NSW Premier Mike Baird has set his sights on settling the bitter political controversy over pub lockout laws, and many of his backbench critics are bracing themselves for another backflip.
In the past week, Baird has postponed the greyhound racing ban, backtracked on shark nets on the North Coast and improved financial compensation to property owners facing compulsory purchase along the route of Sydney’s WestConnex motorway.
As one of his advisers told Crikey: “The Premier is clearing the decks.”
Now Baird has to decide whether to accept the advice of former High Court judge Ian Callinan QC, who recommended a very modest relaxation of the current lockout legislation, or to reintroduce opening hours as they previously existed.
The original lockout laws were introduced by former premier Barry O’Farrell two and a half year ago, in the midst of a furious media campaign led by News Corp and commercial radio to stamp out drunken “sucker punch” street violence. O’Farrell introduced a “quick fix” to silence his media critics and the professional agitators in the NSW Police Association, but his harsh lockout laws were never intended to be permanent or to shut down the city’s night life.
[Greyhound ban backflip: since when did Alan Jones become a NSW crossbencher?]
Baird inherited the lockout mess when he became premier in April 2014 and became alarmed by the unintended consequences of the across-the-board shutdown: his vision of Sydney as the next “global city” was fading into after-dark gloom.
He responded by appointing Callinan, a Liberal Party favourite, to conduct a seven-month review of the economic and social impact of the legislation’s 1.30am lockout and the 3am cessation of liquor sales.
To stop Baird from backtracking, the Coalition’s right-wing faction claims that a well-publicised poll gives them a 70% approval rating for maintaining tight restrictions on pub, club and off-licence hours, while opponents say that the poll is flawed and its findings suspect.
Tyson Koh, convener of the Keep Sydney Open movement, challenged the 70% majority to stage a street protest in Sydney to show the true size of their public support. It wasn’t taken up.
However, a rally by Keep Sydney Open on October 9 attracted thousands of supporters as well as the backing of rock legend Jimmy Barnes, actor Sam Neill and Jezabels’ lead singer Hayley Mary.
Barnes said: “I made a career playing in live venues in Sydney. I learnt my craft playing in those venues.
“The lockout laws aren’t working. We’ve got to help keep music alive and keep Sydney alive. Let’s find a better way to do it.”
Award-winning actor Sam Neill said that Baird’s policies had “sucked the life out of Sydney” and turned the city into “a pointless place”.
“I’m grumpy,” he said, “because Sydney used to be such a vibrant and exciting place in the late ’70s and early ’80s.”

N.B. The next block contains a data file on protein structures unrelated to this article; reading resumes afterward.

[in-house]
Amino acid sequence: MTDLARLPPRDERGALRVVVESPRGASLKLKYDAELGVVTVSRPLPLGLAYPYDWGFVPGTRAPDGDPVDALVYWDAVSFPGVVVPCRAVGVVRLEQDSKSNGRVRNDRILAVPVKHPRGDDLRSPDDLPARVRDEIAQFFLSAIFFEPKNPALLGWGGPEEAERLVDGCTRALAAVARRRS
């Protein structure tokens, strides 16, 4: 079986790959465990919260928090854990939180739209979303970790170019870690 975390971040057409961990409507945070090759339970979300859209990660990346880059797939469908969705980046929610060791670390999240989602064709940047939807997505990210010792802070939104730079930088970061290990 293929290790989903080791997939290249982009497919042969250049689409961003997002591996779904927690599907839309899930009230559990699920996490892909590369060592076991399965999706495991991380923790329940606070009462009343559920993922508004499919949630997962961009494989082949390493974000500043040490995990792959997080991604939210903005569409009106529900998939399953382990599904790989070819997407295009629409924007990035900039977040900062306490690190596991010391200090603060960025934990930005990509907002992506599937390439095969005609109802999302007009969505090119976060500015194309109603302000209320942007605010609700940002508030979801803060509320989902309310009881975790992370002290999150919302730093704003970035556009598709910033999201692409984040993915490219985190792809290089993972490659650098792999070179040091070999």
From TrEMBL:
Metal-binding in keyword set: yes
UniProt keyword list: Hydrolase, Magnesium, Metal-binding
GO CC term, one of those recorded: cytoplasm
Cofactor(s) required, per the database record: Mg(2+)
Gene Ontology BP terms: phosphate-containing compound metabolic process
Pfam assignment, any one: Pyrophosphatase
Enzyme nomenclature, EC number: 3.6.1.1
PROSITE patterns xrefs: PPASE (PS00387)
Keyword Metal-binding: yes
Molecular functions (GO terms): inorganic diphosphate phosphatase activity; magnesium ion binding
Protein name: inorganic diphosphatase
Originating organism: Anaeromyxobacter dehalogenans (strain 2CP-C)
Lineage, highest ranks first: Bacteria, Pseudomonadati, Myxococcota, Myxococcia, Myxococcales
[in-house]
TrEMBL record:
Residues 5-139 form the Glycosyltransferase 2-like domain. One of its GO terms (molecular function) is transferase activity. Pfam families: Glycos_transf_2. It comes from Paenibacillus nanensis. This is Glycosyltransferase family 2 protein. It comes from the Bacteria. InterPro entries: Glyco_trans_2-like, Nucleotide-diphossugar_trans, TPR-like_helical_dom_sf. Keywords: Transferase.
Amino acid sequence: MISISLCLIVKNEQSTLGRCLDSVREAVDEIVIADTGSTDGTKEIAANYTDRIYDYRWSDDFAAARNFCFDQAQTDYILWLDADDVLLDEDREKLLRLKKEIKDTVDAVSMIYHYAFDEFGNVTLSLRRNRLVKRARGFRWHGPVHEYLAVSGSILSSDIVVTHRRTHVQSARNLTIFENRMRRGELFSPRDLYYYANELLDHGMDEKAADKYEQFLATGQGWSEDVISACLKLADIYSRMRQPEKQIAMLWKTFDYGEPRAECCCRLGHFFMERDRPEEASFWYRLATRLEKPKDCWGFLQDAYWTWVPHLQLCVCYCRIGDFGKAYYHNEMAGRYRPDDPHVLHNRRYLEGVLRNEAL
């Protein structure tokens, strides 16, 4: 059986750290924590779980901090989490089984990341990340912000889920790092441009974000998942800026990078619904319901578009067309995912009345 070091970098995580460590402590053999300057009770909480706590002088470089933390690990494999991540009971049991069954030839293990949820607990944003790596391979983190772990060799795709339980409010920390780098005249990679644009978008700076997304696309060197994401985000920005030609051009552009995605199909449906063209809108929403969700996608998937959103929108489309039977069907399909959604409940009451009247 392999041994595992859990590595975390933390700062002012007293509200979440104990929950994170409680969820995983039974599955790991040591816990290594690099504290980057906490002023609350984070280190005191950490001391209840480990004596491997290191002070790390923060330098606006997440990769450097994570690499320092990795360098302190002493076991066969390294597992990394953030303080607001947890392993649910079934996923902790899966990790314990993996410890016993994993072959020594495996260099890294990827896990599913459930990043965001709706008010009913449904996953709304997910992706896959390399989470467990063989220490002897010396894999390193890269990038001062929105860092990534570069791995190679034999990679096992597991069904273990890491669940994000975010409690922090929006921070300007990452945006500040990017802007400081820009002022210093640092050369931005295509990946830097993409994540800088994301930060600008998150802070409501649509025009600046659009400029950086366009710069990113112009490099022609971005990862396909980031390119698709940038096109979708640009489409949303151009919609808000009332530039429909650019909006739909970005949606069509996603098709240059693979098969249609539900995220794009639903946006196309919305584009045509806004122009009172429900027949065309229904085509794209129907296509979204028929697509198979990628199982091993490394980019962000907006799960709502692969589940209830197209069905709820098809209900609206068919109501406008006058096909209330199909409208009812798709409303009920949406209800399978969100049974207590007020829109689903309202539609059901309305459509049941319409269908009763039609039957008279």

In the past two days, cabinet ministers have faced intense lobbying from both sides of the argument, with some doctors, ambulance personnel and police pointing to a drop in attendances at hospital emergency rooms and the other side pointing to the closure of many city nightspots with the loss of hundreds of part-time and full-time jobs.
[Cui bono? The curious case of the grim industry that thrives on the lockout laws]
Koh has suggested a compromise between maintaining the city’s vibrancy on one hand and ensuring street safety on the other.
“It is important to get the balance right,” he said. “Melbourne has a late night culture that’s the envy of the world and that’s what we want to strive for.”
He said Callinan’s call for a trial extension of lockout laws by 30 minutes was “not enough” and recommended investment in 24/7 public transport to be introduced alongside a more relaxed approach to city licensing hours.
Deputy Premier and Justice Minister Troy Grant this week imposed life bans on two former operators of the Dreamgirls strip club in Kings Cross, using the Liquor Act.
They had been convicted in court of operating a clandestine illegal bar and turning a blind eye to the sale and use of illegal drugs.
The tough decision by Grant, the NSW Nationals leader and a former police inspector is an indication of the approach the cabinet may take to deal with publicans and bar owners who continue to serve drunken patrons and sell alcohol after legal hours.
MPs from all sides of politics are increasingly frustrated by police reluctance to deal with law-breaking publicans and bar owners. The liquor industry remains a significant source of graft, with police benefiting from free booze for Christmas parties as well as other station-based, and also private, celebrations.
As one former minister told Crikey: “We wouldn’t have the level of street violence or drunkenness at city night spots if the cops did their job. They have plenty of laws at their disposal, so why don’t they use them?”